895 Juniperus squamataCommon Names: singleseed juniper, flaky juniper Family: Cupressaceae (cypress Family)
Singleseed juniper is a decidedly bluish coniferous evergreen shrub or small tree. Cultivars have been selected to grow as groundcovers, spreading shrubs and small upright trees. Singleseed juniper has stringy exfoliating rusty brown bark that peels in thin flakes. The foliage is silvery bluish or grayish and the individual needles are shaped like little awls, sharply pointed and less than 0.3 inch (0.8 cm) long. The needles are borne in spreading tufts of three, and each has a lighter colored band down its center. Singleseed juniper has distinctively nodding branch tips. The fruits are fleshy, glossy black, berrylike cones about 0.3 inch (0.8 cm) long, ripening in their second year, and each containing a single seed.
Two varieties are recognized. Juniperus squamata var. fargesii is a tree to 60 ft (18.3 m) tall, usually with multiple trunks; the bark peels in long strips and the branch tips are conspicuously pendulous. Variety squamata has several popular cultivars. 'Blue Carpet' makes a fine groundcover; it has bluish gray foliage and gets 8-12 in (20.3-30.5 cm) tall while spreading out 4-5 ft (1.2-1.5 m). 'Blue Star' is an upright, rounded bush to 16 in (4.9 cm) tall and 2 ft (0.6 m) across. 'Meyeri', the commonest cultivar, is a dense shrub, 10-20 ft (3.1-6.1 m) tall and spreading about the same; it has powdery blue needles and the tips of the young shoots arch and nod in the breeze. 'Meyeri' grows into an irregular, somewhat ungainly form, and is usually disfigured by persistent dead twigs and foliage. Some cultivars of J. chinensis and J. procumbens occasionally are labeled as belonging to this species, but they can be distinguished from J. squamata by their cones which contain several seeds, not just one, and they do not have nodding branch tips. Some juniper cultivars in the trade are interspecific hybrids of uncertain provenance.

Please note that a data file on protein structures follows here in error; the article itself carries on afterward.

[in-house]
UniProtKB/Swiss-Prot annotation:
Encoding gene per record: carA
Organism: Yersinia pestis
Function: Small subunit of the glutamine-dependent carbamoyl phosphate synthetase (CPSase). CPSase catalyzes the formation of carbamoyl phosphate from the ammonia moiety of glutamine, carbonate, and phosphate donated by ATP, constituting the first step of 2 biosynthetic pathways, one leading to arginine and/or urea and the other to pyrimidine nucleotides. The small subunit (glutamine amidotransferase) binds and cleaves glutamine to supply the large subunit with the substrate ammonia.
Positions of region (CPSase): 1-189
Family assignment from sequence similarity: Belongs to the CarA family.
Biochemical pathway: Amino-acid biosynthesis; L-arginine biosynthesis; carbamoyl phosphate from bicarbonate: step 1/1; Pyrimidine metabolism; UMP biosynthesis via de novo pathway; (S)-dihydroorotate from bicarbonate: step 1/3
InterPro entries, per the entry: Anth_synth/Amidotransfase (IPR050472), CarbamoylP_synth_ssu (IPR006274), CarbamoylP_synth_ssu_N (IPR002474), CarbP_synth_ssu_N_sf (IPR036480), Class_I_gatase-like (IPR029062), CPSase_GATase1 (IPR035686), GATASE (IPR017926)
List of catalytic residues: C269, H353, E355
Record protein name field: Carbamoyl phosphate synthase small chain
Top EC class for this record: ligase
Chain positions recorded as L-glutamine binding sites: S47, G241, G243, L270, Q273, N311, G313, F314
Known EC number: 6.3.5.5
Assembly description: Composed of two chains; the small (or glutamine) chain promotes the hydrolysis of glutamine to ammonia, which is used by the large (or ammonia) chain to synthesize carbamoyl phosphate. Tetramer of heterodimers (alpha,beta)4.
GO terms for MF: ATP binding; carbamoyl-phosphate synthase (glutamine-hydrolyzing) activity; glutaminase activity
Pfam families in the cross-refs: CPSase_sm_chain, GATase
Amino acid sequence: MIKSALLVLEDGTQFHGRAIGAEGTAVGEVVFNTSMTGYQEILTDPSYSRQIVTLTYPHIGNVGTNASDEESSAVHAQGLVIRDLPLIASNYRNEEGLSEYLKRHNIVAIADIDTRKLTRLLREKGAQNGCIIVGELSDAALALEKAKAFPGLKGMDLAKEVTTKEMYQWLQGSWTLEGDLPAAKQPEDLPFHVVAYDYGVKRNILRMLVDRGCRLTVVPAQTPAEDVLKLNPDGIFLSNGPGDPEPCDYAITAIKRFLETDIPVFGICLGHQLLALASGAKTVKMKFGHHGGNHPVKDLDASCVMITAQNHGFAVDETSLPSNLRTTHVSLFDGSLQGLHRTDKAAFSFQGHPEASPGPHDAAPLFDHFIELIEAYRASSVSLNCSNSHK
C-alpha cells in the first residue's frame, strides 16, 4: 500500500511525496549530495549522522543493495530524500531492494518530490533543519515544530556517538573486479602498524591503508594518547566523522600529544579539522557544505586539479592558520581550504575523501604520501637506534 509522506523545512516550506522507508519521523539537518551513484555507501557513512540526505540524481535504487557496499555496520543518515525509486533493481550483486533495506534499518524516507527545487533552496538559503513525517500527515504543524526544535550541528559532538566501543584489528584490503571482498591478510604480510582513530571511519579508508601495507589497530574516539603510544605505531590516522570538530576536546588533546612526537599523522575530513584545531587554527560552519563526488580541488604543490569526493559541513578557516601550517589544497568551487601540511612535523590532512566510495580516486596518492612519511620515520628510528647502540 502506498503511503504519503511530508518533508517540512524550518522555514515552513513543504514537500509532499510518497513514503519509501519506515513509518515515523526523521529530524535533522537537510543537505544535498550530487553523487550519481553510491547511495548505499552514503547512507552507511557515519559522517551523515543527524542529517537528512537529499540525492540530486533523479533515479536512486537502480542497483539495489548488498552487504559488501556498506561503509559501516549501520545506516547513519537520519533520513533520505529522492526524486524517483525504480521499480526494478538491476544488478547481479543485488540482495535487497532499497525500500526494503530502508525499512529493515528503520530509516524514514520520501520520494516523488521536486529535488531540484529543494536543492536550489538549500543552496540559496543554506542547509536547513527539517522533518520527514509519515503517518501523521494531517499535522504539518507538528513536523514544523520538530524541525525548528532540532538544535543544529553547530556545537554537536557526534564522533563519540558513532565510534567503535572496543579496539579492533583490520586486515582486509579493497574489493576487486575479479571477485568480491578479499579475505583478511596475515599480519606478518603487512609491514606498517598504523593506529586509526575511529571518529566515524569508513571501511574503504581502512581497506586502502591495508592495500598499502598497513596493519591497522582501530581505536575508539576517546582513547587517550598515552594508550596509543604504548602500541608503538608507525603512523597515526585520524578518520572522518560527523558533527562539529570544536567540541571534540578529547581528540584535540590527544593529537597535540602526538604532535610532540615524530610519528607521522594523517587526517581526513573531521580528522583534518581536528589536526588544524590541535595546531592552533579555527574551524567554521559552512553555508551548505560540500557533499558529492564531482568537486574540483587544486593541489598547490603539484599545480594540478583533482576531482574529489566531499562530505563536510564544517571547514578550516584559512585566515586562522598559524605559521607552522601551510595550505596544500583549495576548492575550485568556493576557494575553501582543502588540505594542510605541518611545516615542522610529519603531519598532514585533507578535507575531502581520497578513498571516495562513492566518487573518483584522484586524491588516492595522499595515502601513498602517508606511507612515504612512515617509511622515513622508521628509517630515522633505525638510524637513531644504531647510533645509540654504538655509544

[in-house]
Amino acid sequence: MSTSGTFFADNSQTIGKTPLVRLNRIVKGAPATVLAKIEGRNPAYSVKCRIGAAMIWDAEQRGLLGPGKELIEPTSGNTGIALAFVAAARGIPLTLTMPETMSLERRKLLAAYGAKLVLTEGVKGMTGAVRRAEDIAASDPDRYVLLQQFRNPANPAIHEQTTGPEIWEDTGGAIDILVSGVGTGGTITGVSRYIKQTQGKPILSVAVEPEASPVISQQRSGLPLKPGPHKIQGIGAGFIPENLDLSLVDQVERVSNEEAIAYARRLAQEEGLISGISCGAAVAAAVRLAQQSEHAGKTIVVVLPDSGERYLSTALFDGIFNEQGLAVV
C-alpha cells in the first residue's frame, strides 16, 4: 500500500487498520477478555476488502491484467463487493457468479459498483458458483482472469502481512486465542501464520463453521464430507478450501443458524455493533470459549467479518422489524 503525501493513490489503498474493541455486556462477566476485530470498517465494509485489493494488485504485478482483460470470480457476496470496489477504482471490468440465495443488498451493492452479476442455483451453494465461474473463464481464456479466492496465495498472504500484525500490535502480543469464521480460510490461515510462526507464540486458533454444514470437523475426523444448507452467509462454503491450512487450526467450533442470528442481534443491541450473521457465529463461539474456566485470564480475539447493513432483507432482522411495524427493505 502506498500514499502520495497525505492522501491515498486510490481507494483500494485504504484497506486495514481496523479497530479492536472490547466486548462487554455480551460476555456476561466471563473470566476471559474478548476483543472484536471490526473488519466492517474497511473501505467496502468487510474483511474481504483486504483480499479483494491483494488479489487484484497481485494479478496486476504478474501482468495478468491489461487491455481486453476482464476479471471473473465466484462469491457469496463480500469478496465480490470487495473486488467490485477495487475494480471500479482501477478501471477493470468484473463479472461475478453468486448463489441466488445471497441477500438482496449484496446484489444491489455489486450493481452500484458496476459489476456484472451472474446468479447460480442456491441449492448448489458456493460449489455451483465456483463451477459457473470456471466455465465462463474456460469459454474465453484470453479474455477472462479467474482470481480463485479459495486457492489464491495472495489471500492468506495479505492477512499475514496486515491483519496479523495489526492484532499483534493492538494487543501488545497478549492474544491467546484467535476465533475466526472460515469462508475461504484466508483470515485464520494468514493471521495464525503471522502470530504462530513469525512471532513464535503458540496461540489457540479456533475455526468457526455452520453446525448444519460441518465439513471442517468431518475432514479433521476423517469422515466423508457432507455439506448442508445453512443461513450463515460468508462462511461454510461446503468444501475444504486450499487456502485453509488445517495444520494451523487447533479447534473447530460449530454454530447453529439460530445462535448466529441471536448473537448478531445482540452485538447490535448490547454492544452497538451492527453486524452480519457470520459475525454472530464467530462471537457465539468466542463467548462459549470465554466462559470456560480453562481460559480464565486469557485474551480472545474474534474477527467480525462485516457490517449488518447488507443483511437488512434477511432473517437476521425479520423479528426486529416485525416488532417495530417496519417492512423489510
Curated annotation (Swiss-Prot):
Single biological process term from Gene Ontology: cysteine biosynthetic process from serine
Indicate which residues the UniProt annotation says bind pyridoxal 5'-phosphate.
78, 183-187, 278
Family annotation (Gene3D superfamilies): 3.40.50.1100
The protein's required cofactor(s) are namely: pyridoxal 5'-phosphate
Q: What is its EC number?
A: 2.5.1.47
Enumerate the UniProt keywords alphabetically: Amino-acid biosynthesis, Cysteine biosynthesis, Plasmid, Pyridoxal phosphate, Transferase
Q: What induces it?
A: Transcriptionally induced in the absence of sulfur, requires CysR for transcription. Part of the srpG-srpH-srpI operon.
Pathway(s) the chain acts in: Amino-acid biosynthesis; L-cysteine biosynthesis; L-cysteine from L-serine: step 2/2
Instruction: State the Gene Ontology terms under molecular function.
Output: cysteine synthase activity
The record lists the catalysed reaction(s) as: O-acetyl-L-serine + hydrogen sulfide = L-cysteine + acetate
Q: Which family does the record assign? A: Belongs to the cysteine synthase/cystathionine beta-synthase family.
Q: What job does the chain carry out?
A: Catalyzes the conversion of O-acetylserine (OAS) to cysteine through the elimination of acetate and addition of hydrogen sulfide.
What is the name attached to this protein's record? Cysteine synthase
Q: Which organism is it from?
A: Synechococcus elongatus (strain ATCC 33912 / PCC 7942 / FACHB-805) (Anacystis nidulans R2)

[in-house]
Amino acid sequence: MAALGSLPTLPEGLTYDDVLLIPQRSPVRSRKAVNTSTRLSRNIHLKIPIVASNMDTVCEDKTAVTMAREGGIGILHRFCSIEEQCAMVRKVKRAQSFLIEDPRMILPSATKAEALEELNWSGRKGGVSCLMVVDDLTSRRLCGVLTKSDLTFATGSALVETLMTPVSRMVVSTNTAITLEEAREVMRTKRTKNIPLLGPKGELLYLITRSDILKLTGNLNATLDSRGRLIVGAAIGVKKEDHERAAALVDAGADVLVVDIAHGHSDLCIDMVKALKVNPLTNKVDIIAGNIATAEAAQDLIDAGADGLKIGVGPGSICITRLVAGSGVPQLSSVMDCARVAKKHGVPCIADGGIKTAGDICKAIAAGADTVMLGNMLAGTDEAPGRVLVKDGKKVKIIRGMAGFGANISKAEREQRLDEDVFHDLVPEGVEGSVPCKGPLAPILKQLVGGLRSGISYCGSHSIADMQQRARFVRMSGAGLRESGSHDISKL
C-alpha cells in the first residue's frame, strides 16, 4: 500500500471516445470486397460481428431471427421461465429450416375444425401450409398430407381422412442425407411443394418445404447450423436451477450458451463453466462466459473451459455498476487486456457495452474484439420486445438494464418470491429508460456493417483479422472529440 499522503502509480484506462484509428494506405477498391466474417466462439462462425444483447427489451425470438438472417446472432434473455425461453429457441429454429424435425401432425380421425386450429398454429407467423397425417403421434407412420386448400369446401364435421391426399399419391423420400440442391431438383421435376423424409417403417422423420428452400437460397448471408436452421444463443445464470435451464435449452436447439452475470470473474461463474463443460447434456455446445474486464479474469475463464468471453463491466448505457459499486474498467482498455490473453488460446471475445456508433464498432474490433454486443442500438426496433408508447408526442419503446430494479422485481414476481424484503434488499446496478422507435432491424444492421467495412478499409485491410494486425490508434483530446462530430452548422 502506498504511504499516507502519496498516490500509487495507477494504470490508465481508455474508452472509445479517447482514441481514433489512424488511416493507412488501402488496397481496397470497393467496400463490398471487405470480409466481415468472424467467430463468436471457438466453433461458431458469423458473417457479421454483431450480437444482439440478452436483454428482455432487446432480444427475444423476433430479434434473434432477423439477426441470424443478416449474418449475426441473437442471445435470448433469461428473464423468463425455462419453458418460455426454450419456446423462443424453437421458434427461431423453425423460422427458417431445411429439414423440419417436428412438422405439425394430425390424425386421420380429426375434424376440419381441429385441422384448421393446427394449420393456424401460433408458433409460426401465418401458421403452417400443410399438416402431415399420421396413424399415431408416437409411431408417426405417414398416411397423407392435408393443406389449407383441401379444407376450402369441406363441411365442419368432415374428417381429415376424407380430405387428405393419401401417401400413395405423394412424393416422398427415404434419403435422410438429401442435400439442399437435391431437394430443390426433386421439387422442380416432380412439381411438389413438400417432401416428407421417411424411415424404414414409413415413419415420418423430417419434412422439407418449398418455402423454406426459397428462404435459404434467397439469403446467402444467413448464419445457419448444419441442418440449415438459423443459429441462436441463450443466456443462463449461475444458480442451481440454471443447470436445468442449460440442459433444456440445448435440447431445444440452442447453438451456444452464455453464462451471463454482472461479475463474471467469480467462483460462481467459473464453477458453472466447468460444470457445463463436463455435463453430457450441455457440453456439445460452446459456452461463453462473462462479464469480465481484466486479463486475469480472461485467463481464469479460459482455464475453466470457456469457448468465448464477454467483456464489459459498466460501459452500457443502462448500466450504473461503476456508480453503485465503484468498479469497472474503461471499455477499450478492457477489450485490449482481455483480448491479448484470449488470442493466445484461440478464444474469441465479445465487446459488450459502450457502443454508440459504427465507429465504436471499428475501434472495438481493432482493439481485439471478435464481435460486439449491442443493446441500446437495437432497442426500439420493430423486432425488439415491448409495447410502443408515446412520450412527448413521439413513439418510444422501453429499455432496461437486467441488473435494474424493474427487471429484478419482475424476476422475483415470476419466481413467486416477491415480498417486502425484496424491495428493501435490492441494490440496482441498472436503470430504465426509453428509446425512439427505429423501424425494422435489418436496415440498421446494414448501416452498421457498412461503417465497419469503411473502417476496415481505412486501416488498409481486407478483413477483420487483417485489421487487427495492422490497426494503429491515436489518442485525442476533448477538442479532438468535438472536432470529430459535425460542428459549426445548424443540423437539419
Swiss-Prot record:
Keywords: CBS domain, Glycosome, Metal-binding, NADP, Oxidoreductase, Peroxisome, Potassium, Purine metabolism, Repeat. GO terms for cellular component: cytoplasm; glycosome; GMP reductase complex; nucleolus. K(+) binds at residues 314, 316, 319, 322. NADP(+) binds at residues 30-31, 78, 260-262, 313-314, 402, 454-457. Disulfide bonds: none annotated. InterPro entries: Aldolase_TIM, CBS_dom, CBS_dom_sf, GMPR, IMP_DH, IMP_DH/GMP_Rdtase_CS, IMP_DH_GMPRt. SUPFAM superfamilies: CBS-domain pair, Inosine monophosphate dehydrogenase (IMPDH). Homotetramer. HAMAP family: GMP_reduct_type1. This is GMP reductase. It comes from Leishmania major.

Singleseed juniper is native to the Himalayan Mountains in Afghanistan and western China. The various cultivars are popular ornamentals in western Europe.
CultureLight: Full sun to partial shade. Moisture: Singleseed juniper can tolerate brief droughts. It requires a well-drained soil. Hardiness: USDA Zones 4 - 8. Propagation: The junipers can be difficult to grow from seed, with germination sometimes taking several years. They're easy to start from cuttings, though. Try rooting softwood cuttings in summer with bottom heat under mist, or mature wood cuttings in winter in a cool location.
The small upright cultivars such as 'Blue Star' are well suited to the rock garden or along a path. The prostrate spreaders make fine evergreen groundcovers. The larger shrubs are used as specimens or anchors for informal hedges.
Most species of juniper - for example, creeping juniper (J. horizontalis), Parson's juniper (J. davurica 'Parsonii') and eastern red cedar (J. virginiana) - have two kinds of leaves: needlelike juvenile leaves and scalelike adult leaves which are closely pressed to the twigs. Singleseed juniper never develops the scalelike adult leaves.
Steve Christman 12/21/00; updated 3/18/04